ADAIR, J., 2010. Decision Making and Problem Solving Strategies. London: Kogan Page. ALVESON, M. & SVENINGSSON, S., 2007. Changing Organizational Culture: Cultural Change Work in Progress. London: Routledge ALVESSON, M. & WILLMOTT, H., 2012. Making Sense of Management: A Critical Introduction. 2nd ed. London: Sage Publications. BODDY, D., 2010. Management: An Introduction. 5th ed. Harlow: Prentice-Hall (available online). COLE, G. A. & KELLY, P., 2011. Management: Theory and Practice. 7th ed. Basingstoke: Cengage Learning (available online) COMBE, C., 2014. Introduction to Management. Oxford University Press CAMPBELL, D. EDGAR, D. & STONEHOUSE, G., 2011. Business Strategy: An Introduction. 3 rd ed. Basingstoke: Palgrave Macmillan (available online). DAFT, R. L. KENDRICK M. & VERSHNINA, N., 2010. Management. Singapore: Cengage Learning DRUCKER, P., 2012. Management: Tasks, Responsibilities, Practices. Routledge Ltd <https://www.dawsonera.com/search?sType=ALL&searchForType=0&publisherSelect=33&searchBy=0> DI DOMENICO, M. L., HAUGH, H. & TRACEY, P., 2010. Social bricolage: theorizing social value creation in social enterprises, Entrepreneurship Theory and Practice, 34(4), pp. 681-703 (available online). GRATTON, L., 2011. The Shift: The future of work is already here. London: Collins. HANDY, C., 1996. Understanding Organizations. New York: Penguin. HAYES, J., 2010. The Theory and Practice of Change Management. 3rd ed. Basingstoke: Palgrave Macmillan HORRIGAN, B., 2010. Corporate Social Responsibility in the 21st Century: Debates, Models and Practices. Cheltenham: Edward Elgar Publishing MERCHANT, K. & VAN DER STEDE, W., 2011. Management Control Systems: Performance Measurement, Evaluation and Incentives. 3 rd ed. Harlow: Financial Times/Prentice Hall MULLERAT. R. 2010. International Corporate Social Responsibility. London: Kluwer Law International MELE, D., 2012. Managing Ethics. Palgrave MacMillan NAYLOR, J., 2004. Management. Pearson Education M.U.A. <https://www.dawsonera.com/search?sType=ALL&searchForType=0&publisherSelect=1238&searchBy=0> THURROW, K., 2011. Virtual Organisations - The Creation of Value Networks. San Francisco, CA: GRIN Publishing (Kindle edition - eBook). KAPFERER, J., 2008. The New Strategic Brand Management. Kogan Page <https://www.dawsonera.com/search?sType=ALL&searchForType=0&publisherSelect=29&searchBy=0> RAAB, G. AJAMI, R. GARGEYA, V. & GODDARD, G., 2008. Customer Relationship Management: A Global Perspective. Gower <https://www.dawsonera.com/search?sType=ALL&searchForType=0&publisherSelect=124&searchBy=0> Applied Research Van ASSEN, M., Van den BERG, G. and PIETERSMA, P., 2008. Key Management Models: The 60+ Models Every Manager Needs to Know: Harlow, Prentice Hall. WITZEL, M., 2011. A History of Management Thought. London: Routledge (Available Online) Online sources: British Journal of Mgt; Management Today; Sloan Management Review; Journal of Business & Mgt; Harvard Business Review; Journal of Management; Journal of International Mgt; Social Enterprise Journal; Journal of Social Entrepreneurship.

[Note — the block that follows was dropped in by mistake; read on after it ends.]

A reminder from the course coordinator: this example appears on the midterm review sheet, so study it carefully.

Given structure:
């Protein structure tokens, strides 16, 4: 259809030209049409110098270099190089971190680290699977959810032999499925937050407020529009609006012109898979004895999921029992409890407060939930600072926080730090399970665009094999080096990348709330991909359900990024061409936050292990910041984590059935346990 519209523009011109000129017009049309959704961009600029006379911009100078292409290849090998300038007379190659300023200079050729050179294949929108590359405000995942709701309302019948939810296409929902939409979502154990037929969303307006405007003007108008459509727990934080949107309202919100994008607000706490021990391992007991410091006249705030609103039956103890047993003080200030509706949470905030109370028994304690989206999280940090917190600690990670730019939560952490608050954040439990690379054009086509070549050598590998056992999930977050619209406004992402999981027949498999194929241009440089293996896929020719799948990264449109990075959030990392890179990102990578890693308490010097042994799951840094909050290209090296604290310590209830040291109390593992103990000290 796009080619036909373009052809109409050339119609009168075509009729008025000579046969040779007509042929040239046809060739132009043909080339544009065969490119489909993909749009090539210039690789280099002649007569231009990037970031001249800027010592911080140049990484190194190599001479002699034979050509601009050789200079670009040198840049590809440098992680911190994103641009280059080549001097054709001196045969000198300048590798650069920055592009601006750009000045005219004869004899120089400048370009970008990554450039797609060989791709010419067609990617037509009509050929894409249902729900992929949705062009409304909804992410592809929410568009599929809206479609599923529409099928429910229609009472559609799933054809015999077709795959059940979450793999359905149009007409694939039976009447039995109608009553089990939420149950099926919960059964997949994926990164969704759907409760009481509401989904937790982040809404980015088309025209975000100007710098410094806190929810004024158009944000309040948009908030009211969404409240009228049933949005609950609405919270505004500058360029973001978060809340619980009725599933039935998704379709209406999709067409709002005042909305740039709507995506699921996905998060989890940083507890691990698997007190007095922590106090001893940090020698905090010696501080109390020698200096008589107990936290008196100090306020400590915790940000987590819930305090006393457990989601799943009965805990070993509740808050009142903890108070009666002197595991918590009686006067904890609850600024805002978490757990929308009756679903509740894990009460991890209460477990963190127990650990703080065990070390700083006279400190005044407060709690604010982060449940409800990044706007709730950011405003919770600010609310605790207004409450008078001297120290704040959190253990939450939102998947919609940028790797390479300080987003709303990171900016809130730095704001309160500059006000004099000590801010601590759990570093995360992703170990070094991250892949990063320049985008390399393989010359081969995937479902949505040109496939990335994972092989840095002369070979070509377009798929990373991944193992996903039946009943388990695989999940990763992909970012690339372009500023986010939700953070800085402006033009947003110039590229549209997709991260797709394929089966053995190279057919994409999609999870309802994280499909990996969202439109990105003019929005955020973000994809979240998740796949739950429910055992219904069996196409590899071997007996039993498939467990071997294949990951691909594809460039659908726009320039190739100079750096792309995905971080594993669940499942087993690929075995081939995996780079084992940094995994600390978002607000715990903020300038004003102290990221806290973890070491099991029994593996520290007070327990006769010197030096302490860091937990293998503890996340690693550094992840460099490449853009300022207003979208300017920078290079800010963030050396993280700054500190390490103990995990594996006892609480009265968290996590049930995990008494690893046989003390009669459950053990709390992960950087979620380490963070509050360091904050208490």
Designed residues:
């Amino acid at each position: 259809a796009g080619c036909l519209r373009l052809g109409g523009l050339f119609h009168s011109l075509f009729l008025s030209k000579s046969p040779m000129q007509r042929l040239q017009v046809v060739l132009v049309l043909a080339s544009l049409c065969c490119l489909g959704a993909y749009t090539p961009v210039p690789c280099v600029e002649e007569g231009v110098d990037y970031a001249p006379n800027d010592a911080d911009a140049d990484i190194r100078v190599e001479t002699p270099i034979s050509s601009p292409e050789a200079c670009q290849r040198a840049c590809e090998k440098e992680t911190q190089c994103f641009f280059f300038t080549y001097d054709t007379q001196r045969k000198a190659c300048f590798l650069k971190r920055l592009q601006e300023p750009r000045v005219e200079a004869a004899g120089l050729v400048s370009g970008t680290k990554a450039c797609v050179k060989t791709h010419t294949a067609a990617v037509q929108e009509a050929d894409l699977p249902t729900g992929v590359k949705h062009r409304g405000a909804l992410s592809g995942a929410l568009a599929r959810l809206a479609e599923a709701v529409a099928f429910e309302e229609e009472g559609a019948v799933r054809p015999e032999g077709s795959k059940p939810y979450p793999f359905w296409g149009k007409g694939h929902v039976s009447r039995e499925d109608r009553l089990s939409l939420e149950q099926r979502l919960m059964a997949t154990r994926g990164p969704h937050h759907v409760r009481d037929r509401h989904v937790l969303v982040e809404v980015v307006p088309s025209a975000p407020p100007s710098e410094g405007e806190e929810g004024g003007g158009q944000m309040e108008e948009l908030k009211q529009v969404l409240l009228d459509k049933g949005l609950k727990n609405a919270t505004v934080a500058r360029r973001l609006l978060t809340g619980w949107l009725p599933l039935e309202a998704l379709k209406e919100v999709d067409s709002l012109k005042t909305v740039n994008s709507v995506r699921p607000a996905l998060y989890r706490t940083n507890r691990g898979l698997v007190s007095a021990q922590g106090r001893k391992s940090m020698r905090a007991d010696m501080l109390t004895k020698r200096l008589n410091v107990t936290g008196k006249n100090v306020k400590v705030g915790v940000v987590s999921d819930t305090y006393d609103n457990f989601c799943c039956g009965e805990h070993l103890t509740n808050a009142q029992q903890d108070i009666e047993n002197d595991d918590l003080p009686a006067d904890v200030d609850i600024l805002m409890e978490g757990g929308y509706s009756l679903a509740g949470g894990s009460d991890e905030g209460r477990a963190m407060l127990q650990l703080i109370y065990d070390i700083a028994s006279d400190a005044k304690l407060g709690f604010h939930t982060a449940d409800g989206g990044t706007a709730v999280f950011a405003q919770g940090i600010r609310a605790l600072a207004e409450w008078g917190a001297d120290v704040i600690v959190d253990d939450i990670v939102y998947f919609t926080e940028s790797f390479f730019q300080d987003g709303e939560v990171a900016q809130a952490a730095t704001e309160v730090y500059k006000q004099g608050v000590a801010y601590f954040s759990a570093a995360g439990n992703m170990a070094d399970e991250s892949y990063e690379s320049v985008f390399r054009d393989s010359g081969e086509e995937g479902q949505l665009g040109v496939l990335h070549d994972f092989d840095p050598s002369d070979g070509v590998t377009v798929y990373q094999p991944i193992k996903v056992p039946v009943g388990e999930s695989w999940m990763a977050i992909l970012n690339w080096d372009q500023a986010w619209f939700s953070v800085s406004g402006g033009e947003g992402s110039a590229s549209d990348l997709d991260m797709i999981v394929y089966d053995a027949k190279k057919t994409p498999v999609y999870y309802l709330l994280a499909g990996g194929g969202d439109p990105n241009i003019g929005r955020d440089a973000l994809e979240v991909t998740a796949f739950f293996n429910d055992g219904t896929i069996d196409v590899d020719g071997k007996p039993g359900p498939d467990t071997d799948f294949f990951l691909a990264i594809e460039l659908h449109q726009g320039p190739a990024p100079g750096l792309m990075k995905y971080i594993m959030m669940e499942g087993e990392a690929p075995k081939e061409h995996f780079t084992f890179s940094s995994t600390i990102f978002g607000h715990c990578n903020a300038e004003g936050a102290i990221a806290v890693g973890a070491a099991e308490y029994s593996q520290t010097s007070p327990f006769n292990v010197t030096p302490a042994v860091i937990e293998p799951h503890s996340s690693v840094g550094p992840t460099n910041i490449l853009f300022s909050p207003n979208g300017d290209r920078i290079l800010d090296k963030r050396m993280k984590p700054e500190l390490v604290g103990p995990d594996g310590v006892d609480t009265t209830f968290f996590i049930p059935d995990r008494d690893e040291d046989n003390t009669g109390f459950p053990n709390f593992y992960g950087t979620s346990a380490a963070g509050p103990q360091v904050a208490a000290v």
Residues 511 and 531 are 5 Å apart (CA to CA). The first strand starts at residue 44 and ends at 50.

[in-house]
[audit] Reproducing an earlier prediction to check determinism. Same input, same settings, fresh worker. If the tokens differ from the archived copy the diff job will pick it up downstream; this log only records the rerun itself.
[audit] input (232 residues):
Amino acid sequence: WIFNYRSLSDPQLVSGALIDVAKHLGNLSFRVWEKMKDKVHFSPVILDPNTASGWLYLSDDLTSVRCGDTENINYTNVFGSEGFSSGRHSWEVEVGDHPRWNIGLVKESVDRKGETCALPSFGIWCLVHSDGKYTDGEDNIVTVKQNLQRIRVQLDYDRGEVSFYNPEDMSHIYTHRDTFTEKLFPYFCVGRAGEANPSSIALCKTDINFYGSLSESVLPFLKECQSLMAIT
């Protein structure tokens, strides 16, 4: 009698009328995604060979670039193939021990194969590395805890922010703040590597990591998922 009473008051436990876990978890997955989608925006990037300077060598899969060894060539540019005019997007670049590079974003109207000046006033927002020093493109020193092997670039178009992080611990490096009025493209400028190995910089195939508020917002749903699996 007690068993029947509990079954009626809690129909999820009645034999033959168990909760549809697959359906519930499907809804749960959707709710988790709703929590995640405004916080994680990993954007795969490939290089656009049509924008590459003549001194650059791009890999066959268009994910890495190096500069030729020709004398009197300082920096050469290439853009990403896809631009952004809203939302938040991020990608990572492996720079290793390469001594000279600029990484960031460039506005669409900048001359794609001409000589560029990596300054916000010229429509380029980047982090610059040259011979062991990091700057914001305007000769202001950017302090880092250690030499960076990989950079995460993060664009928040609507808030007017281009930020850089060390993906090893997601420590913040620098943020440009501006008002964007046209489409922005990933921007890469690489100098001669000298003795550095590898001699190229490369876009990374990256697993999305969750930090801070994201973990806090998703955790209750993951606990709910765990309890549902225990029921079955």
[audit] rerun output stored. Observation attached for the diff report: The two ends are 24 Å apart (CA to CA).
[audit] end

Transferrable Skills

-Self-management: self-motivation, time management and critical self-reflection and evaluation of personal performance. -Interpersonal Skills: an ability to work collaboratively and constructively with others in seminars and outside of class in allocated groups. -Oral and written communication skills, negotiation skills and presentation skills -Group work when participating in the group work in seminars and outside of class in allocated groups. -Information technology skills will be developed through Internet searches and online communication. -Analytical, evaluative and creative problem solving will be developed throughout the module experience but especially through case studies, seminar debates. -Using Turnitin software to improve writing style.

Module Structure

Activity Total Hours
Assessment (FT) 40.00
Independent Learning (FT) 145.00
Lectures (FT) 15.00

Assessment Methods

Component Duration Weighting Threshold Description
Course Work 01 n/a 100.00 40% Negotiated individual work based assignment: essay - 3000 words